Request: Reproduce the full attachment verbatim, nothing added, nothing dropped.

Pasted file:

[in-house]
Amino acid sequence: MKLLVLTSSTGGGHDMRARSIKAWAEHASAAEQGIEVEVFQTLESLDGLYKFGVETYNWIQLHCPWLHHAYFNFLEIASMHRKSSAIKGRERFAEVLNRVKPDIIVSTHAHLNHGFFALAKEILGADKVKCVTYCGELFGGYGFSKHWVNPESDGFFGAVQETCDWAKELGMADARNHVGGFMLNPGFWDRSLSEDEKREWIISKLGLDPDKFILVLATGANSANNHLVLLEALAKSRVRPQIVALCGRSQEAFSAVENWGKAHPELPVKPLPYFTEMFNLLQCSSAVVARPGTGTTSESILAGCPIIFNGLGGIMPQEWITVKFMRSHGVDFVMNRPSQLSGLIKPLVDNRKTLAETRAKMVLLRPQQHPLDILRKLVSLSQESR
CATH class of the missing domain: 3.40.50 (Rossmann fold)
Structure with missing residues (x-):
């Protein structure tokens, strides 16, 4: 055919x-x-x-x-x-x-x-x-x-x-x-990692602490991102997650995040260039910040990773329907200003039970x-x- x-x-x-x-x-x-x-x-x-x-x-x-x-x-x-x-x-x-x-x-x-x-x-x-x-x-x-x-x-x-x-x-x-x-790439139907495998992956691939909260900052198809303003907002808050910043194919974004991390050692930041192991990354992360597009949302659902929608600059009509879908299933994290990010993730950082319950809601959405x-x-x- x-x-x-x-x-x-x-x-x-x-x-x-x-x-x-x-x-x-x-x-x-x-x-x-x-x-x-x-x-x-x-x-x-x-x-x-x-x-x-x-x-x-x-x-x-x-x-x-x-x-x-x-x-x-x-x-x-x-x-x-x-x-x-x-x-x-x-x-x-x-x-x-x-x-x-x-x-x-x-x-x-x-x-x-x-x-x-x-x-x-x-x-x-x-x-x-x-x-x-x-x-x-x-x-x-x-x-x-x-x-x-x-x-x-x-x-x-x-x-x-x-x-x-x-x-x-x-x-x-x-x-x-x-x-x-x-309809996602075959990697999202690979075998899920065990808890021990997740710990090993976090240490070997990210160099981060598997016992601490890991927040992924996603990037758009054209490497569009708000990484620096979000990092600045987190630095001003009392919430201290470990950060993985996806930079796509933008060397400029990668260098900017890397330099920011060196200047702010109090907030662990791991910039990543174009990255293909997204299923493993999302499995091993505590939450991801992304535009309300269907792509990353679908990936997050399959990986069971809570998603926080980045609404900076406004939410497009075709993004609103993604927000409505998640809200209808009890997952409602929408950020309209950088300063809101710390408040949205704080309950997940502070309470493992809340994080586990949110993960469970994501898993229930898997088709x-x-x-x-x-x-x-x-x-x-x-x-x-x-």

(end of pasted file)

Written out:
[in-house]
Amino acid sequence: MKLLVLTSSTGGGHDMRARSIKAWAEHASAAEQGIEVEVFQTLESLDGLYKFGVETYNWIQLHCPWLHHAYFNFLEIASMHRKSSAIKGRERFAEVLNRVKPDIIVSTHAHLNHGFFALAKEILGADKVKCVTYCGELFGGYGFSKHWVNPESDGFFGAVQETCDWAKELGMADARNHVGGFMLNPGFWDRSLSEDEKREWIISKLGLDPDKFILVLATGANSANNHLVLLEALAKSRVRPQIVALCGRSQEAFSAVENWGKAHPELPVKPLPYFTEMFNLLQCSSAVVARPGTGTTSESILAGCPIIFNGLGGIMPQEWITVKFMRSHGVDFVMNRPSQLSGLIKPLVDNRKTLAETRAKMVLLRPQQHPLDILRKLVSLSQESR
CATH class of the missing domain: 3.40.50 (Rossmann fold)
Structure with missing residues (x-):
């Protein structure tokens, strides 16, 4: 055919x-x-x-x-x-x-x-x-x-x-x-990692602490991102997650995040260039910040990773329907200003039970x-x- x-x-x-x-x-x-x-x-x-x-x-x-x-x-x-x-x-x-x-x-x-x-x-x-x-x-x-x-x-x-x-x-x-x-790439139907495998992956691939909260900052198809303003907002808050910043194919974004991390050692930041192991990354992360597009949302659902929608600059009509879908299933994290990010993730950082319950809601959405x-x-x- x-x-x-x-x-x-x-x-x-x-x-x-x-x-x-x-x-x-x-x-x-x-x-x-x-x-x-x-x-x-x-x-x-x-x-x-x-x-x-x-x-x-x-x-x-x-x-x-x-x-x-x-x-x-x-x-x-x-x-x-x-x-x-x-x-x-x-x-x-x-x-x-x-x-x-x-x-x-x-x-x-x-x-x-x-x-x-x-x-x-x-x-x-x-x-x-x-x-x-x-x-x-x-x-x-x-x-x-x-x-x-x-x-x-x-x-x-x-x-x-x-x-x-x-x-x-x-x-x-x-x-x-x-x-x-x-309809996602075959990697999202690979075998899920065990808890021990997740710990090993976090240490070997990210160099981060598997016992601490890991927040992924996603990037758009054209490497569009708000990484620096979000990092600045987190630095001003009392919430201290470990950060993985996806930079796509933008060397400029990668260098900017890397330099920011060196200047702010109090907030662990791991910039990543174009990255293909997204299923493993999302499995091993505590939450991801992304535009309300269907792509990353679908990936997050399959990986069971809570998603926080980045609404900076406004939410497009075709993004609103993604927000409505998640809200209808009890997952409602929408950020309209950088300063809101710390408040949205704080309950997940502070309470493992809340994080586990949110993960469970994501898993229930898997088709x-x-x-x-x-x-x-x-x-x-x-x-x-x-």